It’s something that stresses parents every time they look at the toy mountain that threatens to engulf the lounge room.
Or the snake-pit of chargers that have to accompany any family outing longer than the average battery life.
How do we make our kids grow-up grateful and not spoiled, entitled br*ts? Or, you know, Donald Trump?
Well, Rebecca Sparrow has some answers. Because it’s something she worries about. A lot.
Listen to Bec tell her The Well co-host Robyn Bailey what she does to keep her kids’ eyes wide open:
Bec wonders if we are all spoiling our kids with material things because we feel guilty about not spending time with them. “When we were growing up we had a lot of time with our parents, but we didn’t have a lot of stuff.” Now, Robin thinks, we’ve inverted that.
Here are what these two smart women try to do to readdress the balance.
Teach your kids to pass along to those in need.
Bec and her daughter Ava regularly visit a site called Givitkids where children can donate their toys or clothes to another child who’s in need. For example, a child who’s in hospital might ask for Lego, or trading cards, and your child can send along some in good condition that they’re not using any more. The whole process is anonymous. “Ava and I regularly go on to the Givit kids website,” Bec says. “It’s teaching kids to look around and say, ‘I don’t play with that toy anymore…’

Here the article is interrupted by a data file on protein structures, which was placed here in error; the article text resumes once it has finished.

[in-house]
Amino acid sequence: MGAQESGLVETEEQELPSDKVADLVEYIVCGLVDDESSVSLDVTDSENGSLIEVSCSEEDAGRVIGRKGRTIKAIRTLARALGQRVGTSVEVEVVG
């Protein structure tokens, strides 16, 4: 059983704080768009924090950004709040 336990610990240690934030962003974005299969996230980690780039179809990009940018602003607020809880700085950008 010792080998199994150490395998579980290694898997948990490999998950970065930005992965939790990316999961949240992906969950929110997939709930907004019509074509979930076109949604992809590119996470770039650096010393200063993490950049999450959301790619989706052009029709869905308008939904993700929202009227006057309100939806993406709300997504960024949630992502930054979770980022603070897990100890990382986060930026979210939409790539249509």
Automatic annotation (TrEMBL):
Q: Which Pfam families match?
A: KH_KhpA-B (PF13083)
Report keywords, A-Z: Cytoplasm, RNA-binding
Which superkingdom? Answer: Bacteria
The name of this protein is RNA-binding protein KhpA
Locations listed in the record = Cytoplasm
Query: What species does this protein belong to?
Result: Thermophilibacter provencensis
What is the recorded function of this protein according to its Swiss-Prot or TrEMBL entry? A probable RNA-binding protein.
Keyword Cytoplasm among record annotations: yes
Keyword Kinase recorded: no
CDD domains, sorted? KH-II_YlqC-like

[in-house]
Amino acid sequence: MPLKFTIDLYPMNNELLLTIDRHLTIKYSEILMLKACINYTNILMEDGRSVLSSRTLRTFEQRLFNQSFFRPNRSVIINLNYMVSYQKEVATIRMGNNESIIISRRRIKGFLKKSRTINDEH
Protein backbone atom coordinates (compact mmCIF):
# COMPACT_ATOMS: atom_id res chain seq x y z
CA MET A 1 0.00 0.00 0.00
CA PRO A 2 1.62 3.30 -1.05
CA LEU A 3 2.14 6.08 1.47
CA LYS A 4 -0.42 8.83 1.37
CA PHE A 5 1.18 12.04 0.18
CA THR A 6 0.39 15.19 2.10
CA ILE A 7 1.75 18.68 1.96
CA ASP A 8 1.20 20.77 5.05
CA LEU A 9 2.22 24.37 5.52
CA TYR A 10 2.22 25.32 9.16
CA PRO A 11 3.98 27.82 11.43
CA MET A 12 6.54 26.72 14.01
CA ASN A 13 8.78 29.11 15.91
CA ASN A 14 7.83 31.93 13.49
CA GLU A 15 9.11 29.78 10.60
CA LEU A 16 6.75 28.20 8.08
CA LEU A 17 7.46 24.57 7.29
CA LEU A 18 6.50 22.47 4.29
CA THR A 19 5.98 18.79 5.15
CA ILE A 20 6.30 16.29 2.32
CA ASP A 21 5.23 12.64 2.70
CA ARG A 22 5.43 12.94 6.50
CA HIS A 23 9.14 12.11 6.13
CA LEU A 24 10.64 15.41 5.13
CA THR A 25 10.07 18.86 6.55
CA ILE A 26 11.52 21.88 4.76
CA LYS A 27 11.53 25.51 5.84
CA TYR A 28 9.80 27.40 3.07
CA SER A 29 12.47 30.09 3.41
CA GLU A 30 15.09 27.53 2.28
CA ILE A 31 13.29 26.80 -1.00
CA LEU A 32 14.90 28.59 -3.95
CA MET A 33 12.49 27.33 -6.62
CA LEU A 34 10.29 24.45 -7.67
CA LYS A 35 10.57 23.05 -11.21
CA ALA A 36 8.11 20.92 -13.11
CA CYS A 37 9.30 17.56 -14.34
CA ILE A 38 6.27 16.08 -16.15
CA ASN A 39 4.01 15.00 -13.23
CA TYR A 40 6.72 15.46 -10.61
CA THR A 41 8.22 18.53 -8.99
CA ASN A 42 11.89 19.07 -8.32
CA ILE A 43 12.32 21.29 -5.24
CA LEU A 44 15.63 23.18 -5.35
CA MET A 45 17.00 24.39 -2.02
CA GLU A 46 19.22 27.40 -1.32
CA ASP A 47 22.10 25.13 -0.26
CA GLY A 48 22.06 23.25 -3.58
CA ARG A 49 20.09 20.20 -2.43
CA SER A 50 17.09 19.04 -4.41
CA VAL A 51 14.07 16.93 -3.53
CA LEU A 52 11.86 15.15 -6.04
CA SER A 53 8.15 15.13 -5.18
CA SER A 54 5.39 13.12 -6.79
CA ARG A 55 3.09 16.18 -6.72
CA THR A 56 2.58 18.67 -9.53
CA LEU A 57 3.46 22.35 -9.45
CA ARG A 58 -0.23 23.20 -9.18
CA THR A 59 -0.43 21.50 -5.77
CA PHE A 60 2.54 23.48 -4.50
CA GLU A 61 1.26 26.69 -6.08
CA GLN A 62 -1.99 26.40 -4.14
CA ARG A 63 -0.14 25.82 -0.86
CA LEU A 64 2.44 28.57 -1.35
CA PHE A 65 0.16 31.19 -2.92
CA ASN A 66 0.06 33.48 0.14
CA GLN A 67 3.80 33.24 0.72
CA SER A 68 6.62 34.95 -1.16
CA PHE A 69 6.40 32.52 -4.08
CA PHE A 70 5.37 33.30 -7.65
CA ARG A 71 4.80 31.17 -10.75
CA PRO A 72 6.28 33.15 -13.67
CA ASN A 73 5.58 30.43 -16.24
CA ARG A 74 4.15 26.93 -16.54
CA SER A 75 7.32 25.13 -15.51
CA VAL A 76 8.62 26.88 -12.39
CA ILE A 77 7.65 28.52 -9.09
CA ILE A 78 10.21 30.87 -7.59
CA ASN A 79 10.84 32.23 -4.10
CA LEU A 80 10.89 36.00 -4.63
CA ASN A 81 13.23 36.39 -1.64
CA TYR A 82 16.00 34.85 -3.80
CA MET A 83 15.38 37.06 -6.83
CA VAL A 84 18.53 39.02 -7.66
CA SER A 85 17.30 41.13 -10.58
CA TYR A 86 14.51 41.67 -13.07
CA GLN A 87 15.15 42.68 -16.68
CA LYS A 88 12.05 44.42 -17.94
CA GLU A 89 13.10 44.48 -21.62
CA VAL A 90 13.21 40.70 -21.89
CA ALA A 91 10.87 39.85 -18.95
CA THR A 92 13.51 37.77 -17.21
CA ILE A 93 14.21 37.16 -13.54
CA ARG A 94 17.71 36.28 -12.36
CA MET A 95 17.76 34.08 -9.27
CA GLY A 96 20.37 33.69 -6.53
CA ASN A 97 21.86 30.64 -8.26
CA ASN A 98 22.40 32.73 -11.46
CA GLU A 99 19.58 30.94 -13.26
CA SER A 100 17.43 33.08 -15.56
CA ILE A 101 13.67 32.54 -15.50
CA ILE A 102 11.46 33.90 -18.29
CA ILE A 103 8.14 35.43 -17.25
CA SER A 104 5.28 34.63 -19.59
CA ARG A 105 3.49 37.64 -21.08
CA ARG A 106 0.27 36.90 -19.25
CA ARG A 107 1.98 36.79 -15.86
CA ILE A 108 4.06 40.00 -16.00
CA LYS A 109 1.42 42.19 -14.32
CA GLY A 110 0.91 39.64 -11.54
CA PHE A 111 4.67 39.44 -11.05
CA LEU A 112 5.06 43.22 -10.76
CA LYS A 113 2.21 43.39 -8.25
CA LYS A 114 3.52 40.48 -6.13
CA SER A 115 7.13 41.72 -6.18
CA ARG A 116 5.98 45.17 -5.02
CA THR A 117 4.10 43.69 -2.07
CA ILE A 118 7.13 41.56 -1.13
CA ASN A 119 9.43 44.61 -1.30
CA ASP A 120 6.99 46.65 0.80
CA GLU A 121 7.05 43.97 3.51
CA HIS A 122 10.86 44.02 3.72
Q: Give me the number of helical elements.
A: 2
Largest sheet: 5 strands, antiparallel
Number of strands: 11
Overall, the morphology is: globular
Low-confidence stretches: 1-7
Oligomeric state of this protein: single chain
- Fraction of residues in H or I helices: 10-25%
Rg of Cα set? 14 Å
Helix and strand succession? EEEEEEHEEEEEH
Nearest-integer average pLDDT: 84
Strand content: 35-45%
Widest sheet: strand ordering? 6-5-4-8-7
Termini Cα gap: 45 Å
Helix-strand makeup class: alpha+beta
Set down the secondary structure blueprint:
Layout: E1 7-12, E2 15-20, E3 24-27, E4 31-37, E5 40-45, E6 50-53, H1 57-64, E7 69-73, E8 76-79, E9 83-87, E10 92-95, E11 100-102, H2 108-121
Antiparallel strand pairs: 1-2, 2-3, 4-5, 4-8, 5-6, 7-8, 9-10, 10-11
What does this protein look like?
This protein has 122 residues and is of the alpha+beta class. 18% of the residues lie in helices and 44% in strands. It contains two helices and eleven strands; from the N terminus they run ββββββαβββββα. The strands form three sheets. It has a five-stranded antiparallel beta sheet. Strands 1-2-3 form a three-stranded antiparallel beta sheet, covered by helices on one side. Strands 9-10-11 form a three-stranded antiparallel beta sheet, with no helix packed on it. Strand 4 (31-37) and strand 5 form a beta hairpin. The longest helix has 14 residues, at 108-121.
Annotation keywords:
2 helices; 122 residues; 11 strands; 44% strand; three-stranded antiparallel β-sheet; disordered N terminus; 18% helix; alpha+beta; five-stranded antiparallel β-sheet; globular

One afternoon a month.
Robyn says that with her three teenage boys, she plans that one afternoon a month they'll all spend doing something to help someone else. Rob says the key is to let the kids choose something that speaks to them. Most recently, her boys chose to go and volunteer with the Orange Sky Laundry, washing clothes for the homeless in a mobile van. The organisation was started by two 20 year-old Brisbane men, Nic Marchesi and Lucas Patchett in 2014, and now operates in 13 locations around the country. "My boys felt like those guys would be a safe space and they could talk to homeless people. My kids, like their mother, can talk to anyone," says Rob. "If we want to change behaviour, we have to invest in it."
Walk the Walk
Bec quotes Danielle Miller, the author of Gratitude, a Positive New Approach To Raising Thankful Kids, who says you can't nag your kids into being grateful for all that they have. You've got to model it. If you show them that working to improve your community is important, they will learn by example.
"I say to Ava that I have redefined what success means for myself," says Bec. "It's not going to be about book sales or reviews, or how much money I've made, it's about was I significant in my community?"
See, not a gratitude journal in sight.
You can listen to the full episode of The Well, here: